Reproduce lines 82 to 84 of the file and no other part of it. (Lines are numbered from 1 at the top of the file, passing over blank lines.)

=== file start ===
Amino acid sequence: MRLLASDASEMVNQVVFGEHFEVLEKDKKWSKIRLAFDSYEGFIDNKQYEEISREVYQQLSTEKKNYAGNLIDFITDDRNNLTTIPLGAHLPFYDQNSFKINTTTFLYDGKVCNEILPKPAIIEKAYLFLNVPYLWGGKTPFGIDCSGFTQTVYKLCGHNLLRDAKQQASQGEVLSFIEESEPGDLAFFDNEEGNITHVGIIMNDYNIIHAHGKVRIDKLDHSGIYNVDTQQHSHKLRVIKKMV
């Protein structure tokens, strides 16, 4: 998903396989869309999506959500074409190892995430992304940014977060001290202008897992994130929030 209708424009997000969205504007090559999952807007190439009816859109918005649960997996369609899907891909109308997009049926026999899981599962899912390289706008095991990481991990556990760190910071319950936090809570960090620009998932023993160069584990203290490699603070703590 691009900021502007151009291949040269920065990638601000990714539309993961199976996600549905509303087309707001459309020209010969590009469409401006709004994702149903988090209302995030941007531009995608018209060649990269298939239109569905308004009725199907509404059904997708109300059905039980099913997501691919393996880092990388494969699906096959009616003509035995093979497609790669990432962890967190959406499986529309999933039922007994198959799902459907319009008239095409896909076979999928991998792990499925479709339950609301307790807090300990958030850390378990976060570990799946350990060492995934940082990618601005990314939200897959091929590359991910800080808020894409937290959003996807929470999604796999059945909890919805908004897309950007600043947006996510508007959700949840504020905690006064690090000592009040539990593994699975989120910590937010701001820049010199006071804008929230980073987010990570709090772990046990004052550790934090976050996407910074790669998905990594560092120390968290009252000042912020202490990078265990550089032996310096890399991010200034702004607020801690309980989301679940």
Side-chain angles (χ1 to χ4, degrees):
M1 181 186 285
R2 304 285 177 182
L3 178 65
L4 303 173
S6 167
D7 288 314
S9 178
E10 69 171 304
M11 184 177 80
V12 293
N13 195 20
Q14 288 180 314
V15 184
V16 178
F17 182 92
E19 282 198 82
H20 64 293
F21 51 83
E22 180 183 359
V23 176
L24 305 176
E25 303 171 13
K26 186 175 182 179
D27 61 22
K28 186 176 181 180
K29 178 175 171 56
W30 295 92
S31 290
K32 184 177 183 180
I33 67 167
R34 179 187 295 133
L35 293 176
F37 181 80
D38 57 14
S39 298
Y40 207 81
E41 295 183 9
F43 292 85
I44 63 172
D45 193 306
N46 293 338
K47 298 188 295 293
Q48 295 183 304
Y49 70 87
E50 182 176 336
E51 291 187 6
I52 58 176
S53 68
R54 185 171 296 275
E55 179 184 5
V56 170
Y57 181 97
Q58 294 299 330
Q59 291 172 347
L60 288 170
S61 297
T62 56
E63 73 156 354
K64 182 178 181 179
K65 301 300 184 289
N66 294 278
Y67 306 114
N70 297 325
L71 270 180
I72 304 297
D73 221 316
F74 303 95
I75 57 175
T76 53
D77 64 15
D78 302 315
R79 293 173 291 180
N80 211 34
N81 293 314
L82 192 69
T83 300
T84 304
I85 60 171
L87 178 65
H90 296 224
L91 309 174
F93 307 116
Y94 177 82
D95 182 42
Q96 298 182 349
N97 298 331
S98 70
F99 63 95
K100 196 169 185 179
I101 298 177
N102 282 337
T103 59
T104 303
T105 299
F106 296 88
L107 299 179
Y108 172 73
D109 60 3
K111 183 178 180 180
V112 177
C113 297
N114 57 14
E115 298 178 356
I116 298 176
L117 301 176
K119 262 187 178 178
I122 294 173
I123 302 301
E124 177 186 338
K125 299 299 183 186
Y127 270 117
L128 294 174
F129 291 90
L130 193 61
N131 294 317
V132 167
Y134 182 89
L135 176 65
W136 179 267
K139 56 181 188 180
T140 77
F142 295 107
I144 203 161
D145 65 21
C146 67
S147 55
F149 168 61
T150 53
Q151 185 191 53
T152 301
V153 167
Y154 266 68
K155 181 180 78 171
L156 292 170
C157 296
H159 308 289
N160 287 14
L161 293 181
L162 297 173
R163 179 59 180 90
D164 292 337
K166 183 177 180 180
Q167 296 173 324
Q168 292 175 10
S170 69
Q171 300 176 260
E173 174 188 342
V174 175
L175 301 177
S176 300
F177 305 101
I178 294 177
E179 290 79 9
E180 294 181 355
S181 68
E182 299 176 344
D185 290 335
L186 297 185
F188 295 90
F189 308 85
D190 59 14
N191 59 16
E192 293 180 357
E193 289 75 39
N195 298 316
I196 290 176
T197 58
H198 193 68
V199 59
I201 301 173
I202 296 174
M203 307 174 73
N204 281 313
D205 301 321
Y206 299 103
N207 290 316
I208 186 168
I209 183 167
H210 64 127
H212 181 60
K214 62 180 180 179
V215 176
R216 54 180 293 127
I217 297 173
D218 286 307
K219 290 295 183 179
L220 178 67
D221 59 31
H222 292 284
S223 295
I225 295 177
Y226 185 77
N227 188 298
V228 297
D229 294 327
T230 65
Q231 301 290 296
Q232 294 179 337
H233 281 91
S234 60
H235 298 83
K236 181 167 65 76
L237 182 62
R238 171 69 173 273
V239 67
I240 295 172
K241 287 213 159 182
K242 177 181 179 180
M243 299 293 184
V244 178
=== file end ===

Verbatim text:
L87 178 65
H90 296 224
L91 309 174